Community , Health

Dr. Layton Lamsam named to NCAIED 2020 Native American 40 Under 40 class

Dr. Layton Lamsam has been named to the 2020 class of Native American 40 Under 40 award recipients.

The National Center for American Indian Enterprise Development recognizes 40 emerging American Indian and Alaska Native leaders each year under the age of 40 from across Indian Country. Nominated by their peers, the recipients have exemplified leadership, initiative, and, especially during COVID-19, resiliency and dedication towards their communities and businesses, according to a news release. The fields of academia, the medical field, government, non-profit organizations, legal and more are represented in this year’s class.

“The Native American 40 Under 40 awards recognize the hard work, dedication, and perseverance of our best and brightest,” said National Center President and CEO Chris James in a news release. “Every year I am impressed by the wide range of accomplishments of our 40 Under 40 winners. The 2020 class shows us what young Native American and Alaska Native leaders are capable of – and what they are already accomplishing. Just as the 40 Under 40 honorees continually inspire all of us here at the National Center, we hope the award continues to inspire generations of Indian Country leaders who will one day be a part of this esteemed group.”

The recipients will be announced virtually in the coming weeks on the National Center’s social media pages. Award recipients will also be honored at RES 2021 which will be held March 15-18, 2021, in Las Vegas, Nevada. The 2020 class joins over 400 previous winners that have been honored over the last decade.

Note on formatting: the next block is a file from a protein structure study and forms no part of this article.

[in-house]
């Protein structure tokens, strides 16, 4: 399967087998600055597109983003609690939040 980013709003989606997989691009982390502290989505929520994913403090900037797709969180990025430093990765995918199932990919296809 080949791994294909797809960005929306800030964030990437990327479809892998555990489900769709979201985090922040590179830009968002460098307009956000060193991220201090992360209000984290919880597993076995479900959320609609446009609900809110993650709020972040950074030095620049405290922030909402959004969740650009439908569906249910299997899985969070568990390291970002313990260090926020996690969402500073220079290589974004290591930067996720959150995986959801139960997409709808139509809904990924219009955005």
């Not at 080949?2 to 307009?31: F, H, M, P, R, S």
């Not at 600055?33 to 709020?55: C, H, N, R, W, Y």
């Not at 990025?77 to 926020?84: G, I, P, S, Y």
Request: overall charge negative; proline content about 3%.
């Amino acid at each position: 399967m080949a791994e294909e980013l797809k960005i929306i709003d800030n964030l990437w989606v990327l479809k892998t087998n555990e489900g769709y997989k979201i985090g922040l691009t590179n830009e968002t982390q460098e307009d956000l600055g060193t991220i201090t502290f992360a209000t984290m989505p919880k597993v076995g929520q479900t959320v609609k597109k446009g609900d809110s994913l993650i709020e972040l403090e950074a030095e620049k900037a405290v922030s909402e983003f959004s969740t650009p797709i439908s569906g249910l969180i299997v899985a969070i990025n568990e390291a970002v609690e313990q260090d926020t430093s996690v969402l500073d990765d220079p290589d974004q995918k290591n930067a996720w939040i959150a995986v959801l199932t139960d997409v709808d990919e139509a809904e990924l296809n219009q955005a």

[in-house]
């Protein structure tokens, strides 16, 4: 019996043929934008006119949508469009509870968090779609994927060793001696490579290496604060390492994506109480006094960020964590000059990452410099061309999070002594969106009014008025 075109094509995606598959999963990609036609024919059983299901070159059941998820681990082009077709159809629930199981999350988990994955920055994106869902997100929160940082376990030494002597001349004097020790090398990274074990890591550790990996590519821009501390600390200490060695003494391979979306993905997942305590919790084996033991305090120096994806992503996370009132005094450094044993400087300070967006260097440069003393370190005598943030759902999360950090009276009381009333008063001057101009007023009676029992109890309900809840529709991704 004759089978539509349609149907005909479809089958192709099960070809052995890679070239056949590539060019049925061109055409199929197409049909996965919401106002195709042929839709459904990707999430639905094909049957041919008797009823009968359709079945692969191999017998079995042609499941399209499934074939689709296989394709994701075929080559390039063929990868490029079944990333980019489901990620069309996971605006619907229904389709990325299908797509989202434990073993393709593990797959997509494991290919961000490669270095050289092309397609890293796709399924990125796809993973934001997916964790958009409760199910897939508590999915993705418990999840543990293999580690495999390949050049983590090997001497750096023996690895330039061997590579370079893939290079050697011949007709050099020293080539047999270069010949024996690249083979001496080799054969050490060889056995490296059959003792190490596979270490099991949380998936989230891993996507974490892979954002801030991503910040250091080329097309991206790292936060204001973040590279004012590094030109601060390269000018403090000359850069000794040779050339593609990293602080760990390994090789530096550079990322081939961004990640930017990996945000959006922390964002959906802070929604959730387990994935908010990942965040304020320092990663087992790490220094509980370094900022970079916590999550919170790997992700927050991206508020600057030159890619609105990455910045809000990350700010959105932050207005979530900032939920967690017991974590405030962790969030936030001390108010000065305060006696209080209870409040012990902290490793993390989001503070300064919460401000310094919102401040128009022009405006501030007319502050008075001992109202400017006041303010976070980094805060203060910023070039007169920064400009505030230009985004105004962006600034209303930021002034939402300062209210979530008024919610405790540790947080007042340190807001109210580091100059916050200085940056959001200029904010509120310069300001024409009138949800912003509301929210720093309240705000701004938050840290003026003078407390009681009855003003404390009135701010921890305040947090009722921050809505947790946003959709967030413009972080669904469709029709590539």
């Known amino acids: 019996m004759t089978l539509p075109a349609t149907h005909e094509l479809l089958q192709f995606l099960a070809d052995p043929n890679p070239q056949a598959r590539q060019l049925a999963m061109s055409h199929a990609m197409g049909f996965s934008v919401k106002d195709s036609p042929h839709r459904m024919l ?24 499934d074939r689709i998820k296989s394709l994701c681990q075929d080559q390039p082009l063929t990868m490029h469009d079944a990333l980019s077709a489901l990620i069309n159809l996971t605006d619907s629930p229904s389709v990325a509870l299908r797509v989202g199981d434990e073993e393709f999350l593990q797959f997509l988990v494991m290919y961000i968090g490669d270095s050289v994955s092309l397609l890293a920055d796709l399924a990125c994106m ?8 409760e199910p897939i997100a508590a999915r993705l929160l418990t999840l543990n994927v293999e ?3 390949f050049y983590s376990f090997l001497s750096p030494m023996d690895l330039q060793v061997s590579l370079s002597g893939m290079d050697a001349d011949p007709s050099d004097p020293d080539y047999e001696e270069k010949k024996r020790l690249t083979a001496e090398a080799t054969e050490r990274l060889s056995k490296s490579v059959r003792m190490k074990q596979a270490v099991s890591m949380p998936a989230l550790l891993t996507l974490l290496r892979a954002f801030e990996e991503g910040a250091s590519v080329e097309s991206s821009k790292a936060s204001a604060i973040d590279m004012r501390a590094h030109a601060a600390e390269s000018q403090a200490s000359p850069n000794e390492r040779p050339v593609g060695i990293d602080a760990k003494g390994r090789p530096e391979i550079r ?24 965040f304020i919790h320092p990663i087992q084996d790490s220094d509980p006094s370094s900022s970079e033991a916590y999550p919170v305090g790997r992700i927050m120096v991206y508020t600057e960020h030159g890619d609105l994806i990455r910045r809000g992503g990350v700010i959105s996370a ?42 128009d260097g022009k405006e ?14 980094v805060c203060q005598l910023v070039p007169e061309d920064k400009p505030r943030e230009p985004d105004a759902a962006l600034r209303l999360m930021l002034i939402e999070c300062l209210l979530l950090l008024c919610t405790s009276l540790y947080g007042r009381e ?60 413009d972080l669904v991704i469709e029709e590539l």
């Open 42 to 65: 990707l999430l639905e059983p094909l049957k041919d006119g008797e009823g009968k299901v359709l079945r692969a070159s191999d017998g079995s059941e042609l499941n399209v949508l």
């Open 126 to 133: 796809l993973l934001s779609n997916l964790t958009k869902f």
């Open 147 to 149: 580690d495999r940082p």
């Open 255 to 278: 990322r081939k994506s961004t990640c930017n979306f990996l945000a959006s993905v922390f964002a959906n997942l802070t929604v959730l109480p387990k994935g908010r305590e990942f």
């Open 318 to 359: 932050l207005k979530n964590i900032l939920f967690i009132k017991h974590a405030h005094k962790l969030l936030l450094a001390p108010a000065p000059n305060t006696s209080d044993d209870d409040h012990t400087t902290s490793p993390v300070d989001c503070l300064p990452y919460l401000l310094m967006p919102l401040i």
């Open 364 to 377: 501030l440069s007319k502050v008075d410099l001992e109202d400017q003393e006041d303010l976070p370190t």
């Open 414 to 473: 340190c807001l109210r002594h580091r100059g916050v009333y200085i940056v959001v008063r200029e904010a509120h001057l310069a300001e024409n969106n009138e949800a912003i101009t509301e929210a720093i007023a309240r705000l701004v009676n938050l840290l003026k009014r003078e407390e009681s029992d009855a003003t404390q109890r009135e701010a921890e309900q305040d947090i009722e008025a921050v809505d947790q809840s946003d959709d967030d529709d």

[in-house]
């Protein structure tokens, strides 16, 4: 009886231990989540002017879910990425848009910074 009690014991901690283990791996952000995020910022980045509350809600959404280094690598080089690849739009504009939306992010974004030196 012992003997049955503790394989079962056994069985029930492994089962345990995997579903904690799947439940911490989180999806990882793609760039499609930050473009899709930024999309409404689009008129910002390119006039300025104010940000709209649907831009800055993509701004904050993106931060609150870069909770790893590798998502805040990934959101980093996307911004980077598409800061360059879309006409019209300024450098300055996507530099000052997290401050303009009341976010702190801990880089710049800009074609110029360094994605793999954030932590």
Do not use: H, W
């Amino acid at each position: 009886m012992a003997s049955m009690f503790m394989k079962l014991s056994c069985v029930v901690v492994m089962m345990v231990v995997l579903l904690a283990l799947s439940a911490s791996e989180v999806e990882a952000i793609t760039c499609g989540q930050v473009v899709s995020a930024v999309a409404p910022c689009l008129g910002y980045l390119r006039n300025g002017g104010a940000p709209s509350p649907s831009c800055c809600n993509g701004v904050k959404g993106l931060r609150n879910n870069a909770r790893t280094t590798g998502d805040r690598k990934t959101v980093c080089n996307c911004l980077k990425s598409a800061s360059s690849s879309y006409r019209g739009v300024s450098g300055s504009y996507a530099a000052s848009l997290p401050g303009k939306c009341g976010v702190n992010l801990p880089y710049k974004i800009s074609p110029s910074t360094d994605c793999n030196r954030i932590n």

“Each year I nominate a high-performing Osage from our community. Dr. Lamsam nomination story was special during the pandemic as he is on the front lines combating this terrible virus and working on an average of 20 hours a day in the hospital,” said Margo Gray, Osage Minerals Councilwoman. She nominated Lamsam for the honor. “His knowledge of the impacts and effects neurologically of the brain during and after COVID-19 will be vital to research. Currently, we know that he is the only Native American Neurosurgeon in the country.” 

Lamsam, 28, is currently a resident physician in neurological surgery at Yale School of Medicine in New Haven, Connecticut. He lives in New Haven with his wife Sarah, who is a Registered Nurse, and his mother Teresa Trumbly Lamsam and his grandparents Joe and Arlena Trumbly. He is of the Grayhorse District and participates in the Osage Inlonshka dances. 

A former Udall Scholar, Lamsam completed his bachelor’s degree in biology at Stanford and was the only Indigenous student in his medical school class at the Palo Alto, California, university.

In April, when COVID-19 was ravaging the East Coast, Lamsam and his colleagues were adapting their practices to support those medical workers on the front lines of the outbreak. He said of his experiences that the emotional toll on patients and their families was an unanticipated effect and it was a time to live out your values, safeguard elders and the sick and prioritize your family.

For more information on the NCAIED Native American 40 Under 40 award recipients, visit https://www.ncaied.org/